Effective management of youngstock requires sound husbandry skills, good colostrum management practices, an appreciation of the key disease threats and how to prevent them, and the implementation of a monitoring system to measure how well you are doing.
Scours and pneumonia particularly are responsible for a high proportion of calves lost to disease, but vaccination regimes can help stop these losses.
Calves are born with no antibodies against the common infectious scour organisms, so they rely on receiving a supply from the dam through drinking the enriched colostrum. And it is the antibodies they suck from the udder during the first 12 hours of life that do them the most good.
Rotavec® Corona is the UK’s leading vaccine for the control of calf scour. Dam vaccination with Rotavec® Corona before calving helps to ensure high levels of antibodies against rotavirus, coronavirus and E. coli K99 in the colostrum. These antibodies confer immunity to the calf and act as a protective barrier to infection in the gut.
In addition to vaccination and effective colostrum management, good hygiene and a clean calving environment can also help prevent scour taking hold. Most scour bugs come from the faeces of the dam and other mothers, so minimising exposure of the calf to cow dung significantly reduces risk of disease. It is also extremely important that milk and milk replacers are prepared cleanly and accurately. For dairy calves, provide plenty of clean bedding, disinfect calving boxes and pens between calves and minimise contact with other calves’ faeces. For beef calves, if indoors, provide plenty of clean bedding and consider calving outside.
Vaccines are available against the common viral causes of pneumonia and the bacterium Mannheimia haemolytica (previously Pasteurella haemolytica). As many cases of pneumonia are due to mixed infections, vaccination has an important part to play in the control of respiratory disease, but should be seen as an adjunct to good husbandry, not an alternative. Vaccination is not a magic bullet, but it will raise calf immunity to a level that will tip the balance in the animal’s favour when it’s faced with a disease challenge
Ultimately, pneumonia results from bacteria and viruses infecting calf lungs. Bovilis® Bovipast RSP is the only combined vaccine to help protect against the key bacterial and viral causes of pneumonia in calves.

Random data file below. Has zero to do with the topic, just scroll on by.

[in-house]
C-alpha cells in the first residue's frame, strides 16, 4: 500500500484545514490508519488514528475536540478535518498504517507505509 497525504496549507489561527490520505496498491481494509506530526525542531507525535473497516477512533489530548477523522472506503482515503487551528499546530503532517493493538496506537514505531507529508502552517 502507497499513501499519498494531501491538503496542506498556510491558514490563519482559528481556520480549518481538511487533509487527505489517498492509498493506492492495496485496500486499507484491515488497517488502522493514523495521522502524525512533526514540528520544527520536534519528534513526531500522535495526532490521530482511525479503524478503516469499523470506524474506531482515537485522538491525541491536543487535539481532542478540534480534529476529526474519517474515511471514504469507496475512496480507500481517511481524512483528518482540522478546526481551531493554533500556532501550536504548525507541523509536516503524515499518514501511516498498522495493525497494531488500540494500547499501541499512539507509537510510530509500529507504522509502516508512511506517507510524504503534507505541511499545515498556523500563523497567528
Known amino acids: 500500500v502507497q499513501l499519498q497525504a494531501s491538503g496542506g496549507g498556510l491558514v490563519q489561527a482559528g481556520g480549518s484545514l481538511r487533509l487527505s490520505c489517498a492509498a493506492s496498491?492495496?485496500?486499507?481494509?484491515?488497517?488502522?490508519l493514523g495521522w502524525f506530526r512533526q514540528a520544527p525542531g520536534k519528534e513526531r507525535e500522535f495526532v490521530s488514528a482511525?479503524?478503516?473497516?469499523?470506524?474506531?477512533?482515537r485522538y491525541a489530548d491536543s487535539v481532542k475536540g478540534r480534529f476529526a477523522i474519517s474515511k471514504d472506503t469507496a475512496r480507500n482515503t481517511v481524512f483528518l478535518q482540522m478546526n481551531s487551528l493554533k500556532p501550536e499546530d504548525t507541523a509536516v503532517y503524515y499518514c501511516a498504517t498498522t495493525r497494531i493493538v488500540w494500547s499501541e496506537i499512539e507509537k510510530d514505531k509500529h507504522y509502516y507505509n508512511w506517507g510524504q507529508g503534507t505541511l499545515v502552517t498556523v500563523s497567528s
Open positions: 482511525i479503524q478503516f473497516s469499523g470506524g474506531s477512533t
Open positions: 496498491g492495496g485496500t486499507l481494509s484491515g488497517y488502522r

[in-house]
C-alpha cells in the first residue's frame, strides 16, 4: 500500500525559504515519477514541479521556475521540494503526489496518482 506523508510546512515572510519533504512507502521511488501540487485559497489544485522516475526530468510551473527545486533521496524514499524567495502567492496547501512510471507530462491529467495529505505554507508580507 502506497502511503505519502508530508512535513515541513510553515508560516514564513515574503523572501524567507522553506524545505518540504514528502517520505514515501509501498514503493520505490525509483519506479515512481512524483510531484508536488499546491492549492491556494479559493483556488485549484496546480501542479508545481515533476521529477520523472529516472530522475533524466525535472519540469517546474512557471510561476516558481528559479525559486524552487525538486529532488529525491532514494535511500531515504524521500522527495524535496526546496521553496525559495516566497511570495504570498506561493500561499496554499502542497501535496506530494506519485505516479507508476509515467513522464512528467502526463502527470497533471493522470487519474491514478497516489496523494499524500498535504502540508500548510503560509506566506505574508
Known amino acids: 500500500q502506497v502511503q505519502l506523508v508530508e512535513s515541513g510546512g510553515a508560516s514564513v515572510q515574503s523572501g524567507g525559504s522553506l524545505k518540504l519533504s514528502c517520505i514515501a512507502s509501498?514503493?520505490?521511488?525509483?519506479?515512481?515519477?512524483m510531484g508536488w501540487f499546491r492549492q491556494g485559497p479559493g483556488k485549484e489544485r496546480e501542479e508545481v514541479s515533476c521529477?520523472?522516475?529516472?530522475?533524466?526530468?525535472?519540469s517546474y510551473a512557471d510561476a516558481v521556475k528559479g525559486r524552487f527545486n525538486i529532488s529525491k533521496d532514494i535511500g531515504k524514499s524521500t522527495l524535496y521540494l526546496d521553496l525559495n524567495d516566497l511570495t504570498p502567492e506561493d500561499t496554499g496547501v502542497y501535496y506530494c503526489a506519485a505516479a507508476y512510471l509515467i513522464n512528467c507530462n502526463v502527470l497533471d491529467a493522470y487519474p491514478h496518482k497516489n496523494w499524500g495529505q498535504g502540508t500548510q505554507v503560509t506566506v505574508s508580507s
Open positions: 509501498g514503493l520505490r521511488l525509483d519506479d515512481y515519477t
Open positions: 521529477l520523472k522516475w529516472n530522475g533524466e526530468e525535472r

Alongside vaccination, good husbandry is vital. Not overstocking, keeping house humidity down, maintaining adequate ventilation, avoiding extremes of temperature, ensuring age groups are not mixed and practising sound hygiene are all integral elements of any pneumonia management plan. Good nutrition too, is an important part of helping to reduce the impact of disease.
MonitoringWhen trying to improve the health of youngstock it’s important to set targets and measure performance against these goals.
It is important to periodically weigh calves to assess growth rates against pre-set targets. Calf growth rates vary hugely at a young age; from losing weight over the first three weeks of life to piling on up to 1kg per day.
Weigh tapes are an excellent and cost effective way of monitoring calf performance, or ideally scales, if these are available. Recording weights at birth and weaning is a good start because this allows a calculation of daily liveweight gain over the period. Food conversion is at its optimum in early life, but variation amongst a group of calves can indicate disease problems.
In heifers, recording weights or wither heights at 6m, 12m and 18m helps keep track of performance towards service weight and age of conception targets. Meeting or exceeding targets often means less money is spent on youngstock, allowing a dairy farm to breakeven sooner.
Wisconsin scoring is a useful and objective way of monitoring calf health. It helps farm staff spot any disease problems quickly and understand their potential causes. It also helps the user to follow rearing protocols and become more engaged with the calves.
Calf Respiratory Scoring Chart
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